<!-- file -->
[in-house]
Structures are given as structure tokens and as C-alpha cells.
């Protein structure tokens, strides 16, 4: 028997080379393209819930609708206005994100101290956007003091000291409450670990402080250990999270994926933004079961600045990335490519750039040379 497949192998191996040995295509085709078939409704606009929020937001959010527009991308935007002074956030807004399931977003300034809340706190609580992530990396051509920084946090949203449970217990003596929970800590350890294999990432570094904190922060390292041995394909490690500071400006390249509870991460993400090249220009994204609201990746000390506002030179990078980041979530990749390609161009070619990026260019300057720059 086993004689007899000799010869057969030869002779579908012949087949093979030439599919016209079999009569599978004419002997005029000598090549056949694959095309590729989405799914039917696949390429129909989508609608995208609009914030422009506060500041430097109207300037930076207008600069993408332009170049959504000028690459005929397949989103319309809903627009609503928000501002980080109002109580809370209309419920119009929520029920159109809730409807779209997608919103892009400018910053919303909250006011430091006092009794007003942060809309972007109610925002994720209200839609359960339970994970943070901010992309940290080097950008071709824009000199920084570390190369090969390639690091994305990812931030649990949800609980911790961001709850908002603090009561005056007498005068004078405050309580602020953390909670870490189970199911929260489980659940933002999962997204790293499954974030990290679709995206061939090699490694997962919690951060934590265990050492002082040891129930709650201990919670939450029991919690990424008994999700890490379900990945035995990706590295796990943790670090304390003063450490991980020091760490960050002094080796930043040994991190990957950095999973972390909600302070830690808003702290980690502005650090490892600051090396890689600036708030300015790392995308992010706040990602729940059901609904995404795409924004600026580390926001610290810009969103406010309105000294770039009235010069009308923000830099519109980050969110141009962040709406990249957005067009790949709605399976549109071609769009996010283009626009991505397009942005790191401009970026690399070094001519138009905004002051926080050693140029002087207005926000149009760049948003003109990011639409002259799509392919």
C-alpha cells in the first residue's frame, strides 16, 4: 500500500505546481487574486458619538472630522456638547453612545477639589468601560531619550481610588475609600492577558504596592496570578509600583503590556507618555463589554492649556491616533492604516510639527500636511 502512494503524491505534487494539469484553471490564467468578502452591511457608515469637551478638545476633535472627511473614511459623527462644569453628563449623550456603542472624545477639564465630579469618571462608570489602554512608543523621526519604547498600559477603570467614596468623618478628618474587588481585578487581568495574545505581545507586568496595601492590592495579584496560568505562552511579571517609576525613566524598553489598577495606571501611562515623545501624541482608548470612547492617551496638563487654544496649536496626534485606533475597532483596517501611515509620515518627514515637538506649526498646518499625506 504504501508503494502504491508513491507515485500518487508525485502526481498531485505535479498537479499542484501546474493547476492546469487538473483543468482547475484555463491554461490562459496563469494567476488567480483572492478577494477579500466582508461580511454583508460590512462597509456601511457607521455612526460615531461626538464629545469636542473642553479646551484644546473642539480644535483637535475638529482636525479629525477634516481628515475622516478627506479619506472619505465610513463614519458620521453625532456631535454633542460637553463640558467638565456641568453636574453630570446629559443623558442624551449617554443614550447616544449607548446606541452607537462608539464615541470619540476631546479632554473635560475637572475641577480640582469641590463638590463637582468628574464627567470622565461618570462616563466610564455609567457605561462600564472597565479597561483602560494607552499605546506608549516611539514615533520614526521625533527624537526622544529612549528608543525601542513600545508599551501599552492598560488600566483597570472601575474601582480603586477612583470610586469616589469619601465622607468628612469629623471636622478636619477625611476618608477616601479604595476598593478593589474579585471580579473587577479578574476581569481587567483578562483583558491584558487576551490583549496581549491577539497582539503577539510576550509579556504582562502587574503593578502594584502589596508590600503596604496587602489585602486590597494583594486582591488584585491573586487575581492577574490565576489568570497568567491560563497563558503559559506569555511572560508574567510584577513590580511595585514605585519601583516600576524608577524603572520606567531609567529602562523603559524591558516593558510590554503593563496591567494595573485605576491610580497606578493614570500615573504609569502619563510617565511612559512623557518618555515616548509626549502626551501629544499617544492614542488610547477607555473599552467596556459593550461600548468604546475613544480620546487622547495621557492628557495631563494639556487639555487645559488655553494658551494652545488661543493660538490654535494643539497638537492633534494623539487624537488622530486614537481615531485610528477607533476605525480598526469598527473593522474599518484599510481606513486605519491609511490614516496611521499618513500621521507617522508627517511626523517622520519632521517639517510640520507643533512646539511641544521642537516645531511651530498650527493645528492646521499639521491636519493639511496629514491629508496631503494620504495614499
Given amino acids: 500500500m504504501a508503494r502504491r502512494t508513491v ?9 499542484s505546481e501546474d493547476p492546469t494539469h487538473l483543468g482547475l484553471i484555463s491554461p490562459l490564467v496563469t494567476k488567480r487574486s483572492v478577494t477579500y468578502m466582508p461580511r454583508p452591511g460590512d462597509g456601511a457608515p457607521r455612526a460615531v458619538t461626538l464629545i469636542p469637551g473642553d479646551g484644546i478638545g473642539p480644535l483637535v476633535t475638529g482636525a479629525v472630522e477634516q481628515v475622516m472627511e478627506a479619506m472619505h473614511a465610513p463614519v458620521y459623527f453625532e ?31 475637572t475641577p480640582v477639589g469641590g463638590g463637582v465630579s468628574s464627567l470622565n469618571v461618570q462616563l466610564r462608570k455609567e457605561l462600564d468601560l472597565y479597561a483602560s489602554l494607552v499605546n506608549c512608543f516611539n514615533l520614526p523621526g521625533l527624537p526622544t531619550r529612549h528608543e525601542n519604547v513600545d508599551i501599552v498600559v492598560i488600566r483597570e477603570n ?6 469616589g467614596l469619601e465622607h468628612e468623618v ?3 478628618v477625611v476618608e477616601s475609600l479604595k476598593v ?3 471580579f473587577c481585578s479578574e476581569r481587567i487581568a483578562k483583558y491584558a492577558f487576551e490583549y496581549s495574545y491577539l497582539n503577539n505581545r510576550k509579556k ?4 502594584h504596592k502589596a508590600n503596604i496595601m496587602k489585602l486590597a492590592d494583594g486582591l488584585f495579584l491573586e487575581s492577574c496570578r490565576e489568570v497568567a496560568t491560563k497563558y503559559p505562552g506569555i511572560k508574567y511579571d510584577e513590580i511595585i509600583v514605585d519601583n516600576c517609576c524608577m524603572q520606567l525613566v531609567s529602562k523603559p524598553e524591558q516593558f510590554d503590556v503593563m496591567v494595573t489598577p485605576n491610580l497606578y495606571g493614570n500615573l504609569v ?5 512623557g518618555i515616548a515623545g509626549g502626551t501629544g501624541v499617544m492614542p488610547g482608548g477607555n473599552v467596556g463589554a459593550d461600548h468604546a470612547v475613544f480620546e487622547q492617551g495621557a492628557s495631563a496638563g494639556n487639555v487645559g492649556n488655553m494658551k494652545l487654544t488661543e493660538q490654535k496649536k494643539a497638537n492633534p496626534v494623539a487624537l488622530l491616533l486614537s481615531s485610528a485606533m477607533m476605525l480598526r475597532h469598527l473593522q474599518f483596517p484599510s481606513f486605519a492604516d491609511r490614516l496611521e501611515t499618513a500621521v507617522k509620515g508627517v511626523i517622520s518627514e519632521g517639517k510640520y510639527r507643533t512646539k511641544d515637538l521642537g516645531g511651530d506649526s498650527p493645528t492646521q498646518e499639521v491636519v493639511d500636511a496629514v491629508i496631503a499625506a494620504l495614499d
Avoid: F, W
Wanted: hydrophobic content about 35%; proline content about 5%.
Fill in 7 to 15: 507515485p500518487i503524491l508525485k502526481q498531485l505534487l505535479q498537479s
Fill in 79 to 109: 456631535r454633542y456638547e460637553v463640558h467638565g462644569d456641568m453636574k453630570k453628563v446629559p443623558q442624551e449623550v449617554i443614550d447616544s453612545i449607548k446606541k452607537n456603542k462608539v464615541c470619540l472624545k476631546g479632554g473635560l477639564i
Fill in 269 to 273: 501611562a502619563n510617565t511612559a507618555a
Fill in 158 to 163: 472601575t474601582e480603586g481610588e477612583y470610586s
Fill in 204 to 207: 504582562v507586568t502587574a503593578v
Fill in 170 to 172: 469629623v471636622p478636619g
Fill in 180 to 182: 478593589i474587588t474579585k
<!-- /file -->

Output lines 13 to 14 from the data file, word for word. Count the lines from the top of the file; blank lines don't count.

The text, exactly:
Fill in 170 to 172: 469629623v471636622p478636619g
Fill in 180 to 182: 478593589i474587588t474579585k